Just in time for the holidays, Garmin is releasing three updated versions of it's most popular GPS watches, the Forerunner 230, Forerunner 235, and Forerunner 630. With some pretty cool updated features, if you're a fan of Garmin looking to update your existing watch, here's the scoop on whats new in each watch. We anticipate inventory becoming available for purchase late October to early November.
The 230 also comes standard with the option buy a chest strap based heart rate monitor (sold separately), but differs from the 225 in that it has GPS + GLONASS technology built in. This advanced GPS stand for for Global Navigation Satellite System, and is a Russian satellite-based navigation system that works in conjunction with GPS technology o provide position information to compatible devices. Essentially this means that the GPS information on your watch is more accurate. Other key differences between the 225 and 230 include a longer battery life (12 hours), audio prompts, and a 44% bigger screen which is much easier to read on the run.
The primary difference between the 230 and 235 is that the 235 features wrist based heart rate monitoring, meaning there's no need for chest strap based heart rate monitor. On the underside of the watch is a optical sensor which monitors all heart rate data, which is much more convenient than a traditional chest strap. The screen size is also 44% larger than the 225, and also features audio prompts. Just like the 230, it also features graphical heart rate zones, which are easier to read and understand on the run. The 235 also comes standard with GLONASS GPS technology, making the GPS data more accurate.
For runners seeking much more technical data including stride length, physiological measurements, and lactate threshold, the Forerunner 630 is for you. The 630 has just about every advanced feature available on the market today and is ideal for runners wanting as much information about their training as they can possibly get. The 630 has the capability to report on some really cool and interesting data about the user:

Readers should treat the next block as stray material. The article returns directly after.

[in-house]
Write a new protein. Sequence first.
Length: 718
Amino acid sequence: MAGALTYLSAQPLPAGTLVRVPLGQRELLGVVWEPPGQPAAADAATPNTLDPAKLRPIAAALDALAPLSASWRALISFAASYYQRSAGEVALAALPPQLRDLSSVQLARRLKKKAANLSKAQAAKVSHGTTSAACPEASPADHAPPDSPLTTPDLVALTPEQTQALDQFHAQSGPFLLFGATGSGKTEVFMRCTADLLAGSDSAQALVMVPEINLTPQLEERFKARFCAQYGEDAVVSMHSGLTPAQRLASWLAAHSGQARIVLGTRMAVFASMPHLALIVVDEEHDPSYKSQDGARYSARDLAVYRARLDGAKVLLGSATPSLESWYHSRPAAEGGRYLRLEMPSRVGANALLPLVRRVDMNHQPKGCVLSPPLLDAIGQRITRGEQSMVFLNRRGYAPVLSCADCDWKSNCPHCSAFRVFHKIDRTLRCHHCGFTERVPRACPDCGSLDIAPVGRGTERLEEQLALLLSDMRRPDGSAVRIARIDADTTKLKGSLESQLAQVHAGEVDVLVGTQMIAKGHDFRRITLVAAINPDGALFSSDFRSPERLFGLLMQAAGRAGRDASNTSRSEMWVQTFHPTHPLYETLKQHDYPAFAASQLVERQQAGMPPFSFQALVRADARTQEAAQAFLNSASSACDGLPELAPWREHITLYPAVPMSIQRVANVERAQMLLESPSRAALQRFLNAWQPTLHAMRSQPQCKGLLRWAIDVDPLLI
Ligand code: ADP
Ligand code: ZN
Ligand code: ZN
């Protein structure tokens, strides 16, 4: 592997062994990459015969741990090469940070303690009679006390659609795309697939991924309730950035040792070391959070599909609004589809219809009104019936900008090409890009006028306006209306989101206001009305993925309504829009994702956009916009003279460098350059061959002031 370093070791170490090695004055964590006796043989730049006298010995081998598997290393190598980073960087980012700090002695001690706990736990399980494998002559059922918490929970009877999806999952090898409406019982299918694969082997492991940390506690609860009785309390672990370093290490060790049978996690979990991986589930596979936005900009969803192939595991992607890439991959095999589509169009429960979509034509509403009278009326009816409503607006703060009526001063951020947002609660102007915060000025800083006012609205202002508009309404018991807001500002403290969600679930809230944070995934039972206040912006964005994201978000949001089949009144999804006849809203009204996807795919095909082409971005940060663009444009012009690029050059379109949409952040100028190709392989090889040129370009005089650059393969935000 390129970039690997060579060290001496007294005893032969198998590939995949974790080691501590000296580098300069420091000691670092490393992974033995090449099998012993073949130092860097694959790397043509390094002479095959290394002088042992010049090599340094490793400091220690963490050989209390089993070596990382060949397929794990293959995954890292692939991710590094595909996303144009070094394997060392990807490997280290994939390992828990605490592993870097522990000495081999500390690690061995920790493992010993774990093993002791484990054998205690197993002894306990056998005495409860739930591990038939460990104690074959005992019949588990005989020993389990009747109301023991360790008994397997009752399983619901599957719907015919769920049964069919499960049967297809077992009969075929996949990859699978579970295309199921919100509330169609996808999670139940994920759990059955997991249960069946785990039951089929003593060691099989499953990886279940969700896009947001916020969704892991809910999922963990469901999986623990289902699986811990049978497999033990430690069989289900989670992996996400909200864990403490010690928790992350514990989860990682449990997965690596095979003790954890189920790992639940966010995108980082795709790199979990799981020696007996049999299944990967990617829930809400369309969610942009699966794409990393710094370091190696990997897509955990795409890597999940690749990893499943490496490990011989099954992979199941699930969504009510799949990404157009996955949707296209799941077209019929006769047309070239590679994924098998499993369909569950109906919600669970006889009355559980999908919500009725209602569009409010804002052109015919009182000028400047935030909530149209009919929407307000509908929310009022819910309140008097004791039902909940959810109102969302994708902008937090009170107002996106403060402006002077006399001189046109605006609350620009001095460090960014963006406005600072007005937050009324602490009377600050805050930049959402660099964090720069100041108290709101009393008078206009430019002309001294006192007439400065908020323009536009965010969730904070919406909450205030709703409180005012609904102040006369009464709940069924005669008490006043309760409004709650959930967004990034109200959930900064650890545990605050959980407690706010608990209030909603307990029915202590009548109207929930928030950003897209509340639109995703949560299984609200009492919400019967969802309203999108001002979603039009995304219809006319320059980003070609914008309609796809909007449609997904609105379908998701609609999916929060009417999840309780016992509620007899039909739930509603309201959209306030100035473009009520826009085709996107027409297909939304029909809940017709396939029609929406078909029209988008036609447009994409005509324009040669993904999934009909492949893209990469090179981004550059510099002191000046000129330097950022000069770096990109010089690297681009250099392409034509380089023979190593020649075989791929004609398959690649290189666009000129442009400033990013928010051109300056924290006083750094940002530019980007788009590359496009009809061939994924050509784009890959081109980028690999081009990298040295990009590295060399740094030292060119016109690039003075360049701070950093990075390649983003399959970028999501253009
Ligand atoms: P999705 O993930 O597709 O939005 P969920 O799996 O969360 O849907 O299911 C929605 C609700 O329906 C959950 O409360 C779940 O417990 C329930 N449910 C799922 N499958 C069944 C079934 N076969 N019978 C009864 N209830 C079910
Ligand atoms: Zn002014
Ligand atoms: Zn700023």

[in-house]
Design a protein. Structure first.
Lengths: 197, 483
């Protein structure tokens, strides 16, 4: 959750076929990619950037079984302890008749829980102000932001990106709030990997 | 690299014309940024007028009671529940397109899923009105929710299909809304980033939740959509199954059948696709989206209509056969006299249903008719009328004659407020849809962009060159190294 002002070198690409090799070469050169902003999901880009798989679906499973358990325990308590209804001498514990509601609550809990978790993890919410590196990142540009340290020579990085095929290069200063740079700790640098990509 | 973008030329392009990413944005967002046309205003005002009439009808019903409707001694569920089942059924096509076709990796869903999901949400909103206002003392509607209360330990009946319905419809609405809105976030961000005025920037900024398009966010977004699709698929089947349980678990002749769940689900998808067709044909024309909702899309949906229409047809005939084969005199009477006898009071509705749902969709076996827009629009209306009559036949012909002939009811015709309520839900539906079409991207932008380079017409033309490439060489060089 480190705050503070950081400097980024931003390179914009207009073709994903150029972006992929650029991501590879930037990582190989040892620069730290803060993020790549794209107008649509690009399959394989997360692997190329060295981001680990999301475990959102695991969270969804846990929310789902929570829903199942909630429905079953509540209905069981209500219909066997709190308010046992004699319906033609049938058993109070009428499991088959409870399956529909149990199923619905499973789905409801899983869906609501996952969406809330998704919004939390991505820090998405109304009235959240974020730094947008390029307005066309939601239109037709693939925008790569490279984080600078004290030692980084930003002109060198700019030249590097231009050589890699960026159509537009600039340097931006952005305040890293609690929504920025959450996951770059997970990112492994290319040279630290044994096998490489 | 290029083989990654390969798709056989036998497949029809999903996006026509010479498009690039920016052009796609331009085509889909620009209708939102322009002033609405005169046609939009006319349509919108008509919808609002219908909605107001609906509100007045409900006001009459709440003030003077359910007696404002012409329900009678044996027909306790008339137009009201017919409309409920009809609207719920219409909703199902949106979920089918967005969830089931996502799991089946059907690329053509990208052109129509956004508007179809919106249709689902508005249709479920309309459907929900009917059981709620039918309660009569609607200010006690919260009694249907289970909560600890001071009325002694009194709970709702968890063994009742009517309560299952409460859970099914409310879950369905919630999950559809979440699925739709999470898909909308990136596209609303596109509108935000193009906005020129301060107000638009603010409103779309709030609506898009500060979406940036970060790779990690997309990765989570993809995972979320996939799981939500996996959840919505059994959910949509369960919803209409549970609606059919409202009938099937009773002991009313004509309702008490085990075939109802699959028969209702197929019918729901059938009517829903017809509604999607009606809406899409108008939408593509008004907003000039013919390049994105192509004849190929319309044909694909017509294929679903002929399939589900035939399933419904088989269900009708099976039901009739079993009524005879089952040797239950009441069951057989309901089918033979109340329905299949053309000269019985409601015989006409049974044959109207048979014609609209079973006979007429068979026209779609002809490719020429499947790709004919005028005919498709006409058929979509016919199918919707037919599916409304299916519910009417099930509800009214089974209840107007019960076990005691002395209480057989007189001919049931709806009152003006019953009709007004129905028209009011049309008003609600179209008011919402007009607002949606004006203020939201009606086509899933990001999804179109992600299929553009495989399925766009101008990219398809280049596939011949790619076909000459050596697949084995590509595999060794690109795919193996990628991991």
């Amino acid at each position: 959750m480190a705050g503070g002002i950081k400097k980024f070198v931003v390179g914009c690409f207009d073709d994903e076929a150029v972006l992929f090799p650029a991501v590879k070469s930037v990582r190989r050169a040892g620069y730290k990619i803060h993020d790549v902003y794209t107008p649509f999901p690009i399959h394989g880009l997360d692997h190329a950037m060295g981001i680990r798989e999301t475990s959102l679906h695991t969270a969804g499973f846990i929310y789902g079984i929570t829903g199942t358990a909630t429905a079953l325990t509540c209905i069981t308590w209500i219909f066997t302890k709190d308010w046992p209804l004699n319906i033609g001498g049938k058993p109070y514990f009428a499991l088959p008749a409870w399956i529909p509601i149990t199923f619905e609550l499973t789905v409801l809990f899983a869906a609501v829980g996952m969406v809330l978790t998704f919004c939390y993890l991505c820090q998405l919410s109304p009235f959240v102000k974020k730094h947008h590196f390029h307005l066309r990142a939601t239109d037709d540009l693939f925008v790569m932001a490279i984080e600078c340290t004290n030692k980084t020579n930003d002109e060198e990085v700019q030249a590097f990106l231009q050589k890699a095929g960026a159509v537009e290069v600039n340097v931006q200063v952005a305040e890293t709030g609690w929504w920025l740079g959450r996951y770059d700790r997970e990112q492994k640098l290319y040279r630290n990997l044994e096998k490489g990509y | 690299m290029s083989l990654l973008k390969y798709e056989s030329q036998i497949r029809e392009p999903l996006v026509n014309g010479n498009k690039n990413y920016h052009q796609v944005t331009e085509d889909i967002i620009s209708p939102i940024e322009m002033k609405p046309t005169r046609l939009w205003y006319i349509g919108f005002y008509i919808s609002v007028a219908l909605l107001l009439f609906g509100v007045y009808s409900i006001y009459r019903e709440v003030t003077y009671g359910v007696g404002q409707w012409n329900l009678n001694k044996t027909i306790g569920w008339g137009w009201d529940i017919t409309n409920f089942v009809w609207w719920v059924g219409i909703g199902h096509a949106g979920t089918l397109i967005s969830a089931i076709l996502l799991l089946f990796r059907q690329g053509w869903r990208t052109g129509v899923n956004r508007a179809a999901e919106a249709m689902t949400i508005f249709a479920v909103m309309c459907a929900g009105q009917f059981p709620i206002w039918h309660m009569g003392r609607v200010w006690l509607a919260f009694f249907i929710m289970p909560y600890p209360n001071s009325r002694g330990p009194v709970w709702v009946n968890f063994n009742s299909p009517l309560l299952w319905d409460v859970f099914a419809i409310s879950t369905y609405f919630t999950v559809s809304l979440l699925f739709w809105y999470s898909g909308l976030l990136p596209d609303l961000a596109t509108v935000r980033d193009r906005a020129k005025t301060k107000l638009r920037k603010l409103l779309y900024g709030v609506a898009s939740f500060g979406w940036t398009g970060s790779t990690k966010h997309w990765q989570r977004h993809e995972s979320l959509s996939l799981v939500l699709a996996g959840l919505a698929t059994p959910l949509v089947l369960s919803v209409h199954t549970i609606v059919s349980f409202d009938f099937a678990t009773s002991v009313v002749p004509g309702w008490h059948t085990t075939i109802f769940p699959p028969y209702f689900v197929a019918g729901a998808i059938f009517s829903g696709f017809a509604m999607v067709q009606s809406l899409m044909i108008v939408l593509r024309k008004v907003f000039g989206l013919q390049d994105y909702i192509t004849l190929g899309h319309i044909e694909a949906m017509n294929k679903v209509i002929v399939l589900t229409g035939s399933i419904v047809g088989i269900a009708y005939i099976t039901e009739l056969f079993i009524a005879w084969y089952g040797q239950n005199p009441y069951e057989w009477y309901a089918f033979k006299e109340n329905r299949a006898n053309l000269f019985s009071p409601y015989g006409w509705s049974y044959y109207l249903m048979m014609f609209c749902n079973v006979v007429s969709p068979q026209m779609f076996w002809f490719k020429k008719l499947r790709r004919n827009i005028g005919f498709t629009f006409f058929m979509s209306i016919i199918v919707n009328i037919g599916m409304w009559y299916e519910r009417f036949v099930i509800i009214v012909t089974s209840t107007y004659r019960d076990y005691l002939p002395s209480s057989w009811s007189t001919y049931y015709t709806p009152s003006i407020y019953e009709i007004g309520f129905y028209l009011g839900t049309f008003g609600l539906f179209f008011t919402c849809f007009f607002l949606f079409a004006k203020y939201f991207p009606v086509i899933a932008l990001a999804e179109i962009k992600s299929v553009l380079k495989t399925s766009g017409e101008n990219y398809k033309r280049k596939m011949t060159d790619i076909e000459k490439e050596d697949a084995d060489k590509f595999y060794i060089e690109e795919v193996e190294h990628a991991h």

- Stride Length- This will measure the length of each stride which correlates to pace. You'll have to review it after your run, but this can be reviewed by logging into Garmin Connect. Data recorded includes how stride length varies pace, cadence, and elevation.
- Lactate Threshold- Lactate Threshold refers to your body's ability to run at a given pace without getting into fatigue or oxygen debt. Going at a pace faster than lactate threshold pace will get your body into oxygen debt and fatigue will quickly set in. For reasonably well trained athletes, lactate threshold occurs typically at approximately 90% of maximum heart rate or at a pace between 10k and half marathon pace. Typically this information was only available by going into a lab and getting a test done, but the 630 provides this information on the watch itself, making it easy to monitor just how fast you should be running your tempo runs and faster paced interval work at.
- Performance Condition- Performance Condition analyzes pace, heart rate, and heart rate variability that provides a real time assessment of your ability. It is given on a scale of -100 to +100 and can be thought of in terms of good day versus bad day effort. In other words if Performance Condition gives you a score of +10, this indicates that you're feeling good, fit, and can anticipate feeling pretty strong on your run. The best thing about this is that you can monitor it real time on the run as a data field.